Why Obama Keeps Skipping Nigeria By Sam Nda-Isaiah
Last week, the White House announced that President Barack Obama would visit Africa between June 26 and July 3, 2013. He will be travelling with his lovely wife Michelle to Senegal, South Africa and Tanzania. According to the statement, Obama will meet government officials as well as leaders from the business, civil society and youth groups. The White House further said that the visit will focus on strengthening economic growth, democratic institutions and African leadership. In July 2009, during Obama’s first term as president, he visited Ghana from where he addressed the African continent, and, in the process, obliquely threw a few barbs at Nigeria’s leaders.
Is it not curious that the United States president shall be visiting Africa to discuss business and his itinerary does not include the continent’s second largest economy that is even expected to take over as the largest within a decade? And do we think the president of the world’s biggest economy, who is desperately seeking new markets for his country’s manufacturers, does not covet the continent’s largest market? The United States business community can do a lot with a country of 170 million people, a population that is more than half the size of the United States. I am sure that Nike Inc, the American shoe company, has better use for 170 million pairs of feet. And is it possible to discuss African leadership, as the White House has said Obama would be doing on this African trip, without including Nigeria in the conversation? That would be playing Hamlet without the prince. But I also think, for President Obama, there are more pressing issues. As the first African American president of the United States, he must have some sense of “noblesse oblige” towards the continent of his forebears. He must have been labouring over the thought of the best way that his presidency would be of the greatest benefit to the Africa continent – though as at this moment, warts and all, George W. Bush holds the record of the most friendly US president the African continent has had. And there is no way Africa can move forward without Nigeria leading the way.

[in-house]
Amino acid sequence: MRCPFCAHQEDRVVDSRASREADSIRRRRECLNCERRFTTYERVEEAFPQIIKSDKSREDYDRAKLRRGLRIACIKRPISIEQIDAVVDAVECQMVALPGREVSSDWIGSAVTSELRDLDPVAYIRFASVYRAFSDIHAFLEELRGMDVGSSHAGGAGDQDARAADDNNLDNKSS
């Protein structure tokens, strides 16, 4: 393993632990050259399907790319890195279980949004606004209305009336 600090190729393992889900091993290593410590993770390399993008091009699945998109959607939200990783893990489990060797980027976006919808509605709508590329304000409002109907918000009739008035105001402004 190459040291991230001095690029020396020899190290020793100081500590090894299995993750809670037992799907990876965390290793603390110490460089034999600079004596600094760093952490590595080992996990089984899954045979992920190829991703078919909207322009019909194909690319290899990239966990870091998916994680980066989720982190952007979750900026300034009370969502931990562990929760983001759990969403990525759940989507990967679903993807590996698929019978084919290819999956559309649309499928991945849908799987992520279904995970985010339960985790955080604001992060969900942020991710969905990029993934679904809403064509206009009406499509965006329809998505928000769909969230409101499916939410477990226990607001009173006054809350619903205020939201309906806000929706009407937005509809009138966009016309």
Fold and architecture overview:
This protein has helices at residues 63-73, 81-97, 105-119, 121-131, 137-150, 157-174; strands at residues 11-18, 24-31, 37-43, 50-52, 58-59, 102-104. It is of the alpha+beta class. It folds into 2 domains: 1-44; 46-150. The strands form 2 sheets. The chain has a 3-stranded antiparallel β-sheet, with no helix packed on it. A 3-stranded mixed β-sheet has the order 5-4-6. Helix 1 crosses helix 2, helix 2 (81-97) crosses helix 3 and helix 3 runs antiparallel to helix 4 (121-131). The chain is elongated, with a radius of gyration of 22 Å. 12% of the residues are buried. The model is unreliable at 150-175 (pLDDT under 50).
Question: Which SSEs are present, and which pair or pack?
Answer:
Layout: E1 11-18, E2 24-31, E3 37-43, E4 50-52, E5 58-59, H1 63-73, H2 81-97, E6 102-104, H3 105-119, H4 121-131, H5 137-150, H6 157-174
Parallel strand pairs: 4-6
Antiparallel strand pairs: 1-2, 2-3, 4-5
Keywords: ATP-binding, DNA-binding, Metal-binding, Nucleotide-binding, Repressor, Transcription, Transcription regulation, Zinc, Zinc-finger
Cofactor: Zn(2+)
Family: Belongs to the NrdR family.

Coming to Nigeria at this time would clearly be an endorsement of the Jonathan administration, and no serious world leader would want to tarnish his image by doing that. The matter of Nigeria’s bad government and the issue of bad governance have become a global subject of discussion. Everyone knows that the problems of Nigeria are inextricably tied to the quality of leadership that the country has received. Corruption under President Jonathan has become something of a fairy tale. And the Americans know, especially the kind of corruption that has now become the trademark of the oil industry. When, during a trip to the United States in April, Jonathan’s special adviser on the amnesty programme, Kingsley Kuku, declared that only Jonathan could guarantee peace in the Niger Delta, many in his audience in faraway Washington, DC, had a good laugh. It was ludicrous because, as Kuku was making that silly statement, oil production in the Niger Delta had plummeted under Jonathan from 2.6 million barrels daily to 1.7 million as a result of the activities of oil thieves (both official and unofficial) who have never had it so good. Is that the kind of peace Jonathan desires for Nigeria? Unlike in those days when oil thieves had to shoot their way to stealing the nation’s oil, under Jonathan they do not need to fire a single bullet. They don’t have to. One of them is now officially in charge of maritime security.
President Obama knows more than most Nigerians the kind of damage those at the helm are doing both to the nation’s economy and to the fabric of the society. And he surely will not want to encourage the nonsense that is happening by further endorsing them. In spite of all the damage Obasanjo did in his day – the serial election rigging, corruption, the enthronement of thuggery in governance as epitomized by the kidnap of a sitting governor by his associates, sundry political assassinations that could be traced to the highest echelon of government – President George W. Bush encouraged all these by simply paying a visit to Nigeria, and the Queen of England did same as head of the Commonwealth by leading all Commonwealth leaders to Obasanjo’s Aso Rock just after the terribly rigged general elections of 2003. These endorsements played a major role in the kind of impunity that later defined Obasanjo’s leadership.